Browncast Episode 103: Abhijit Iyer-Mitra on Indian Defense, Economics, and History

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Abhijit Iyer-Mitra (@Iyervval) | Twitter

This episode features Omar, Mukunda, and Akshar talking to Abhijit Iyer-Mitra, a defense and policy analyst, about his evolution of political thought with highlights on his former communist affinity, evolving feelings on Modi, and passion for Indian nationalism. We also get into the continued inefficiencies of India and how it has been so detrimental to its development, plus possible reforms to remedy it. The wide-ranging conversation also includes insights into Abhijit’s time in jail, Kashmir, and “Frugal Indian” cooking tips!

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18 thoughts on “Browncast Episode 103: Abhijit Iyer-Mitra on Indian Defense, Economics, and History”

  1. Really enjoyed this one, was great to have playing in my ear while I was on a run. I was actually grinning at many points during the interview, must have looked quite strange to others on the road lol

    Abhijit’s acerbic tone and outspokenness can be hard to absorb at first, as its completely different from the standard Indian approach to conversation which is quite roundabout and indirect and massages any bad news. He’s obviously quite witty and well read, and holds his own even in areas that may not be of his specialisation. And kudos to the interviewers and the questions, they maintained a great flow between the topics while allowing Abhijit time to delve into each.

  2. So Mitra’s love-hate relationship with India reminded me of something i read in Naipaul’s An Area of Darkness which (quite appropriately in current time ) is in the backdrop of 1962 Indo-China war, perhaps the only time he allowed his “Indian-ness” overpower him.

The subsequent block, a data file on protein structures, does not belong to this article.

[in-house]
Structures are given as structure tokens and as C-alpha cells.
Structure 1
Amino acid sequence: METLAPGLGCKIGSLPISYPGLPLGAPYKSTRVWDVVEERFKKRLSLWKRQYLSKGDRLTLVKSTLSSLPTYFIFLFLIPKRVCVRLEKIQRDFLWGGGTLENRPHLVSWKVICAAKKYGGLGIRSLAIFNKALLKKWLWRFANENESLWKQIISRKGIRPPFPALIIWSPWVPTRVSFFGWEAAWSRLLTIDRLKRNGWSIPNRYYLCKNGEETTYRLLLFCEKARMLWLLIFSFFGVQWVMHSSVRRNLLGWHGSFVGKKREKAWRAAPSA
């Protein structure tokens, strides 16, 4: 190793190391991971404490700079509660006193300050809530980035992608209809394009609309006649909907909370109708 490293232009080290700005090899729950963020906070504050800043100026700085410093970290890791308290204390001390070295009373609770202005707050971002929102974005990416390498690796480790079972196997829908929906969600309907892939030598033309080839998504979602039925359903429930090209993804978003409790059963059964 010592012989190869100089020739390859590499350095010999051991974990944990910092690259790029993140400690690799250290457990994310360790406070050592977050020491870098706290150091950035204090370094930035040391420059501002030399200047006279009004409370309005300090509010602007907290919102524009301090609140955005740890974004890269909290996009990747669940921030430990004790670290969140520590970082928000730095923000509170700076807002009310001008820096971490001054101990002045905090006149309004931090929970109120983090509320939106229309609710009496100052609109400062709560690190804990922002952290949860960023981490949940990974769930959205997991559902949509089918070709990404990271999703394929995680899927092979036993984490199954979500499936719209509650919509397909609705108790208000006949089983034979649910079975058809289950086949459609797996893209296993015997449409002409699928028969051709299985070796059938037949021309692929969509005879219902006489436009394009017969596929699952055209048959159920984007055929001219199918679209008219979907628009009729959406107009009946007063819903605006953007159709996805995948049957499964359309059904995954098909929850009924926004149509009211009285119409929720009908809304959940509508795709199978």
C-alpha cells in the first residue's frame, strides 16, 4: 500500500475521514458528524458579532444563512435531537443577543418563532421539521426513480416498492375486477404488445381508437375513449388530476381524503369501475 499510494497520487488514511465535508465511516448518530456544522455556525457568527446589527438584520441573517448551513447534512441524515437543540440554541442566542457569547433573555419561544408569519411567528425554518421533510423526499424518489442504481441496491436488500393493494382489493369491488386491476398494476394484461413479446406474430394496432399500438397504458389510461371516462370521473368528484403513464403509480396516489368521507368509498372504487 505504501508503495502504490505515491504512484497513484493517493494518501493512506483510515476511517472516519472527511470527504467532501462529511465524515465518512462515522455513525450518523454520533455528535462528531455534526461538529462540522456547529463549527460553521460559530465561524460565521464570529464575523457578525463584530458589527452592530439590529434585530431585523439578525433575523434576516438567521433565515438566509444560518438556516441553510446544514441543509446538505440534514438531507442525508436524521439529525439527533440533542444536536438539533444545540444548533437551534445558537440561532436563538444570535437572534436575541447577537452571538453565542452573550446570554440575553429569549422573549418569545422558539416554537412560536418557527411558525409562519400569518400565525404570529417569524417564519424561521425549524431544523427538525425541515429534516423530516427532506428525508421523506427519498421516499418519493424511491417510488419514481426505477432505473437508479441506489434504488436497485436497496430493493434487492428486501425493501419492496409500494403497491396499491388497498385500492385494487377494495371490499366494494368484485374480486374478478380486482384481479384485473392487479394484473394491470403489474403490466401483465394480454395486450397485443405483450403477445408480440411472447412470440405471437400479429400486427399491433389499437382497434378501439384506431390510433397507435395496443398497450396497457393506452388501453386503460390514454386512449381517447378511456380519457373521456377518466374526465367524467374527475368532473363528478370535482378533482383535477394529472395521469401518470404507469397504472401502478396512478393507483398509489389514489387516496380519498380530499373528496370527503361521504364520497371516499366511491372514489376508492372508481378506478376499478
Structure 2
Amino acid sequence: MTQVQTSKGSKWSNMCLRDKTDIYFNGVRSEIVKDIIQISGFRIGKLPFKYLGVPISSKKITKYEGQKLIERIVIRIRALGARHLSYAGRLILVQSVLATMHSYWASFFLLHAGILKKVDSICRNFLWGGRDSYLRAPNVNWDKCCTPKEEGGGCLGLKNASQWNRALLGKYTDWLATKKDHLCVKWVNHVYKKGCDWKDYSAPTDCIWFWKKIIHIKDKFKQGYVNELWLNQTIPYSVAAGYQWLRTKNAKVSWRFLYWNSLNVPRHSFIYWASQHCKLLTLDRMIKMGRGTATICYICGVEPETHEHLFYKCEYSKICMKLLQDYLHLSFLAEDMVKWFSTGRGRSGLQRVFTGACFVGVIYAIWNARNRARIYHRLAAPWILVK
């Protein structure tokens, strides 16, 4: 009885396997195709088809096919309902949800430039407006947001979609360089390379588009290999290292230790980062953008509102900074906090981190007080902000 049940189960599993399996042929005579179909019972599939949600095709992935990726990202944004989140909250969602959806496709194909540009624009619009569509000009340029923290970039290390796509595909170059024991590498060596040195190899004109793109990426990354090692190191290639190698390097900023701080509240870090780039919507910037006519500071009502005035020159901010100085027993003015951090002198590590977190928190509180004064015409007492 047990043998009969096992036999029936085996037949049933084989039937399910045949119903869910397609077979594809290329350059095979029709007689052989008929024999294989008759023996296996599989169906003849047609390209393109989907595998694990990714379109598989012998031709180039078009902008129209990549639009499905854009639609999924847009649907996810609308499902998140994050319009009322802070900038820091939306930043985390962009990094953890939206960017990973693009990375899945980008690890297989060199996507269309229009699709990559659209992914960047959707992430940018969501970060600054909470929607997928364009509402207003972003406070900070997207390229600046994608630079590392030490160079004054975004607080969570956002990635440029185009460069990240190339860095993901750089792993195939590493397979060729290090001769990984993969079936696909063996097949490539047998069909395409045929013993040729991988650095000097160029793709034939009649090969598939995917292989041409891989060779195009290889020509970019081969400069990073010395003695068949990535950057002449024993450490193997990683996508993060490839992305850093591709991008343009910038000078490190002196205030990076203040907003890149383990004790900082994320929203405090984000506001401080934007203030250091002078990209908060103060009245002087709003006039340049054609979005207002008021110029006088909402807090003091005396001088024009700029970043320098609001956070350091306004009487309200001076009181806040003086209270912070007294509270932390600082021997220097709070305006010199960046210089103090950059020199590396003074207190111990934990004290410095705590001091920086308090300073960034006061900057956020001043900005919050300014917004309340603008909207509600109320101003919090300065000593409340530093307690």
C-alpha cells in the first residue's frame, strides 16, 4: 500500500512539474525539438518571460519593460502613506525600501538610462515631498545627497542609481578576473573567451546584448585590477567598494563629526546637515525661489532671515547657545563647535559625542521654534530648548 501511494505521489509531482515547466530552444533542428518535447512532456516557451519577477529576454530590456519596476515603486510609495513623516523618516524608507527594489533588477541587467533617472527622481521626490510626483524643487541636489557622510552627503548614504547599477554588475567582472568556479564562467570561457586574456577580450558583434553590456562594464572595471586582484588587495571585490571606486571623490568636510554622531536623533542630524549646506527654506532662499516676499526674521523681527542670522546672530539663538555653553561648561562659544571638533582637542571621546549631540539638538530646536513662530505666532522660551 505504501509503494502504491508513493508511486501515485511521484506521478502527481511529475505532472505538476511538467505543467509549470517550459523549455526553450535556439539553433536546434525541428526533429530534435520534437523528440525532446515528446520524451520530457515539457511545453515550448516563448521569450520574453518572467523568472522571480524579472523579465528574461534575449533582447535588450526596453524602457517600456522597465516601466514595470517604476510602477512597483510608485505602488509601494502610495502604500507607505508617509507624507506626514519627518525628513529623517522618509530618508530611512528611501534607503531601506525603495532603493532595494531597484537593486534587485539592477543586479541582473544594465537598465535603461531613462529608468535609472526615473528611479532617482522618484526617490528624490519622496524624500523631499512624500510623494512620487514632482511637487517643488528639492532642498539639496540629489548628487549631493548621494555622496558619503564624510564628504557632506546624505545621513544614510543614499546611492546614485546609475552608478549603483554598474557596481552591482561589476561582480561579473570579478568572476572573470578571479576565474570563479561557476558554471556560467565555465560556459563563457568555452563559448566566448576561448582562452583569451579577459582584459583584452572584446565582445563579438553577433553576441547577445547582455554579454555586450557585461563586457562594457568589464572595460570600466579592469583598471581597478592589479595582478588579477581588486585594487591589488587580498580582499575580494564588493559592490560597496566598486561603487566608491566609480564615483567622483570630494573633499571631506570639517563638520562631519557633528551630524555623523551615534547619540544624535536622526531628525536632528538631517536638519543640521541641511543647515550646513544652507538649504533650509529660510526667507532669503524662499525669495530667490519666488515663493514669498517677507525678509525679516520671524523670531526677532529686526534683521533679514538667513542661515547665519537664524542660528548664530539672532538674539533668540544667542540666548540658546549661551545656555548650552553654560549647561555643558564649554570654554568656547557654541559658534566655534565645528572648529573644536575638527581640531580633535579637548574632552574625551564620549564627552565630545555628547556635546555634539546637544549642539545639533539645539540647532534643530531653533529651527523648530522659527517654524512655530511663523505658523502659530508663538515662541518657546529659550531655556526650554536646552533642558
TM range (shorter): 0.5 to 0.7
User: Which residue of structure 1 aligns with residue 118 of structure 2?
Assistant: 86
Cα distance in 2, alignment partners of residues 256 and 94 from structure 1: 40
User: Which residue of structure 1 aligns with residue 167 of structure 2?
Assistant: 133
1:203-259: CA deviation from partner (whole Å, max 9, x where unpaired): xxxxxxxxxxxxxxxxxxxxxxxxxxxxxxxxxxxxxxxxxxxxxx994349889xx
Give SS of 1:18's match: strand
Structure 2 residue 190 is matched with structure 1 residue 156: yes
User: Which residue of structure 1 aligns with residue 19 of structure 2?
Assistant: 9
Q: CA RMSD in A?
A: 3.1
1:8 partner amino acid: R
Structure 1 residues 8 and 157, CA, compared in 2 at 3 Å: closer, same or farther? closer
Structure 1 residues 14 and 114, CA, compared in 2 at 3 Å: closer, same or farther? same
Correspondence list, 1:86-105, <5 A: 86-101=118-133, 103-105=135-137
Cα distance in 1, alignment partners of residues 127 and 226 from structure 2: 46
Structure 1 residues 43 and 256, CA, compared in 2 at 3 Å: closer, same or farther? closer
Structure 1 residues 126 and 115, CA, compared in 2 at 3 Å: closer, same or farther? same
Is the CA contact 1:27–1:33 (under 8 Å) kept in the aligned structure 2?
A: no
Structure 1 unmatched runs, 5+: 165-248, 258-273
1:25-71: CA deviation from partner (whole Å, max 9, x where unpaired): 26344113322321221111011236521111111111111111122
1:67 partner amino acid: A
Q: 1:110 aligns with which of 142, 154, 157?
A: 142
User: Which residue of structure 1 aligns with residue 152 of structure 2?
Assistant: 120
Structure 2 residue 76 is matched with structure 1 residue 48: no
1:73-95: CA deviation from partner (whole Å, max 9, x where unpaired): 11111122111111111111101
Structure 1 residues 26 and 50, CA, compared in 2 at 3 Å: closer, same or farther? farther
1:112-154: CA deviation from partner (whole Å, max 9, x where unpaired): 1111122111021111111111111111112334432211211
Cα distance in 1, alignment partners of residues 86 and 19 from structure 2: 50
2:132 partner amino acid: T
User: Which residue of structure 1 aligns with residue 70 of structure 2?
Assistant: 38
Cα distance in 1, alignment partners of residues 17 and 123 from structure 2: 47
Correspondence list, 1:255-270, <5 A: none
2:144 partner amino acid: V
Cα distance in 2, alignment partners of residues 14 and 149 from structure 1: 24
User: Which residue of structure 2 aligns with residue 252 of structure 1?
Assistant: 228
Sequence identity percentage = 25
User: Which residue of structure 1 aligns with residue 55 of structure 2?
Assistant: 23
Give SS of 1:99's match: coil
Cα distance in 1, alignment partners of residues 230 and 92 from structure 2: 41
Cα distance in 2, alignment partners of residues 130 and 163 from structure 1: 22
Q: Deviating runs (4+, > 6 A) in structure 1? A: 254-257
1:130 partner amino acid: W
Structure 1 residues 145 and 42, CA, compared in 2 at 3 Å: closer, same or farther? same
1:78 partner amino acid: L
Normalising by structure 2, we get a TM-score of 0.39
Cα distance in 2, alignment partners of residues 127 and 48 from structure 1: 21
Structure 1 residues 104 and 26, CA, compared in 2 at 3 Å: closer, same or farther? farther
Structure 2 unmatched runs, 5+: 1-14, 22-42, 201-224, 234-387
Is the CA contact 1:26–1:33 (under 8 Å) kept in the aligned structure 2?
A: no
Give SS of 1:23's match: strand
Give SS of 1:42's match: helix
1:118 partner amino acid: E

” I did not want India to sink, the mere thought was painful. Out of its squalor and human decay, its eruptions of butchery, India produced so many people of grace and beauty, ruled by elaborate courtesy. Producing too much life, it denied the value of life; yet it permitted a unique human development to so many. Nowhere were people so heightened, rounded and individualistic; nowhere did they offer themselves up so fully and with such reassurance. To know Indians was to take a delight in people as people’.

  3. Very enjoyable. When Abhijit asked if they would invite poor farmers into their home – I thought that was a rhetorical question even though Omar answered. My view is that the point was not whether one would allow the poor farmer into the home as a “charity case,” but whether they are getting enough dignity to be treated as potential business partners. That’s the ultimate test of equality. A lot of social and economic failures of India at the present moment packed into that hypothetical example.
    I believe a lot of work is happening in this space.